The eurozone's biggest bank, Spain's Santander, said Tuesday its first quarter net profit jumped 32 percent as strengthening economic recovery in its home market boosted revenue.
The bank reported a net profit of 1.72 billion euros ($1.87 billion) in the first three months of the year, up from 1.3 billion euros during the same period last year.
Net profit in Spain -- which posted its first full year of economic growth last year since the 2008 bursting of the property bubble -- surged 42 percent in the first quarter to 357 million euros.
The bank said its bottom line in Spain was boosted by better lending income and fewer provisions against losses on bad loans.
Net loans in Spain were up 0.2 percent in the first three months of 2014 over the same period last year. Loans also increased slightly from the fourth quarter of last year.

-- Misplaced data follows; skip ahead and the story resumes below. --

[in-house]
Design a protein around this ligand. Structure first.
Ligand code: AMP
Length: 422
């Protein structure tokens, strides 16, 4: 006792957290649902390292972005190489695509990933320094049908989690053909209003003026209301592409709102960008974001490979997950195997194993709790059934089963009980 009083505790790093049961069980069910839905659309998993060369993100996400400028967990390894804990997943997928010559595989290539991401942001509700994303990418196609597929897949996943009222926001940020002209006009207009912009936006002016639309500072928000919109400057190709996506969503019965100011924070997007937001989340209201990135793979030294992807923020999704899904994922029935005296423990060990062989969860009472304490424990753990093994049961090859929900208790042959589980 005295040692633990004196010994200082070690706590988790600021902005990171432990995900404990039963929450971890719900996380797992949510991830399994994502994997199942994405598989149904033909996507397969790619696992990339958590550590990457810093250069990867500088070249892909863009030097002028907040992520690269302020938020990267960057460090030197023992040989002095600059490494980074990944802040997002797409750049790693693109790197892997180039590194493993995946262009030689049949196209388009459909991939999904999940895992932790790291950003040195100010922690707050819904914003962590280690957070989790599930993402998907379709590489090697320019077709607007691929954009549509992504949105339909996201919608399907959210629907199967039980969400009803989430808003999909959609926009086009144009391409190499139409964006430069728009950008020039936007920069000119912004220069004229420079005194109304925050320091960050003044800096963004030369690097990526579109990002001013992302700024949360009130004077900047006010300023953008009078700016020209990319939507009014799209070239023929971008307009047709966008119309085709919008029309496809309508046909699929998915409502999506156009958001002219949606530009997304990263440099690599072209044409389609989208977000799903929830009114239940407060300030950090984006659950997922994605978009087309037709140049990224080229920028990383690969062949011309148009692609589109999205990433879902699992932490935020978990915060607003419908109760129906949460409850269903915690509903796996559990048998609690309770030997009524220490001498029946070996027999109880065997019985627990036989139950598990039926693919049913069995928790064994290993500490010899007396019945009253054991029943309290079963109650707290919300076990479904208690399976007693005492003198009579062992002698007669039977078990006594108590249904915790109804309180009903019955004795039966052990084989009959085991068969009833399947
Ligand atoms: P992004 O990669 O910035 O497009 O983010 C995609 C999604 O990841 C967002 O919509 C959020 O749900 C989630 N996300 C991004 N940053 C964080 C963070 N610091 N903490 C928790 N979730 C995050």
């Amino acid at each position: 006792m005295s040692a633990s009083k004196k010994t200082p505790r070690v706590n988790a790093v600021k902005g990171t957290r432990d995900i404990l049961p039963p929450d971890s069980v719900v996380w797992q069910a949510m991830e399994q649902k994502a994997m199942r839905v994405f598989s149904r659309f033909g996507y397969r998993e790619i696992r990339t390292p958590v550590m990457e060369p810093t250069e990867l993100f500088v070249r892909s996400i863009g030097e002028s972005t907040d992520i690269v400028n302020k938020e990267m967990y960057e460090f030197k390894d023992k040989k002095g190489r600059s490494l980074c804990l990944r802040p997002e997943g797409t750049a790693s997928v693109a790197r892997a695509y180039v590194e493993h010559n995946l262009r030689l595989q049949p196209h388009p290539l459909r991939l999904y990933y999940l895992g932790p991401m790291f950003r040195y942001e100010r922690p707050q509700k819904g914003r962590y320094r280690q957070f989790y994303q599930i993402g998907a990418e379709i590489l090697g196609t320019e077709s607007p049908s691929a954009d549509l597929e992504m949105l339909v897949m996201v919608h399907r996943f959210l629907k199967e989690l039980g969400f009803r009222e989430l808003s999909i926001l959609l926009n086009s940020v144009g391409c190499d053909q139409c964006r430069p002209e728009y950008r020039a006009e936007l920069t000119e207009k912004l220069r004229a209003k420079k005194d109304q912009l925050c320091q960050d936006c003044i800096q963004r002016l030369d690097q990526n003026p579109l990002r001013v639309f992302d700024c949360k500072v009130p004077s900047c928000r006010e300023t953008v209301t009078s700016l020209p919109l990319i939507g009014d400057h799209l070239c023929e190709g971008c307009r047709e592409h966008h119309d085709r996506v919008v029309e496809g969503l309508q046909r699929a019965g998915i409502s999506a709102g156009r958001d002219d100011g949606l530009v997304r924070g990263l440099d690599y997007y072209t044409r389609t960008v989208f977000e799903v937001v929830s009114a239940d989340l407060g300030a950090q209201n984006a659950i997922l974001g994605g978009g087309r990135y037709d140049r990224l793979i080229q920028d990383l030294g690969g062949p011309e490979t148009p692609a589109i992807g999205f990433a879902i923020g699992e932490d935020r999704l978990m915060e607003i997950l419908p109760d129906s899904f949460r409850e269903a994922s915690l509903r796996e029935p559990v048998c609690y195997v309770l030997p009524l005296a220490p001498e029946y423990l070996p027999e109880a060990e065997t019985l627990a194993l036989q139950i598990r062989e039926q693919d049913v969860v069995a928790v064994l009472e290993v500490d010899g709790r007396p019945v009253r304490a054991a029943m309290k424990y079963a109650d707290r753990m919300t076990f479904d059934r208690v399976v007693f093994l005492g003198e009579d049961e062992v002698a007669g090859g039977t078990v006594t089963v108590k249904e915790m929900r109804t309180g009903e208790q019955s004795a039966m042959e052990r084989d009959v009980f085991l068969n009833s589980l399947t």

The Spanish economy, the eurozone's fourth-largest, fell into a prolonged slump when the property bubble burst, leaving thousands of labourers out of work and creating an aftershock that claimed millions more jobs across the country.
But the economy is in the midst of an accelerating economic recovery due to a rise in private consumption and higher business investment.
Prime Minister Mariano Rajoy on Monday said the government expects the country's economy will expand by 2.9 percent this year, up from a previous estimate of 2.4 percent growth.
Spain's economy expanded by 1.4 percent in 2014.
Among Santander’s main banking units, only Chile posted lower first quarter net profit, dropping 11 percent to 109 million euros.
In Britain, where Santander is one of the leading finance groups, profits rose 14 percent over the year to 477 million euros.
In key emerging market Brazil, profits rose by 41 percent to 516 million euros.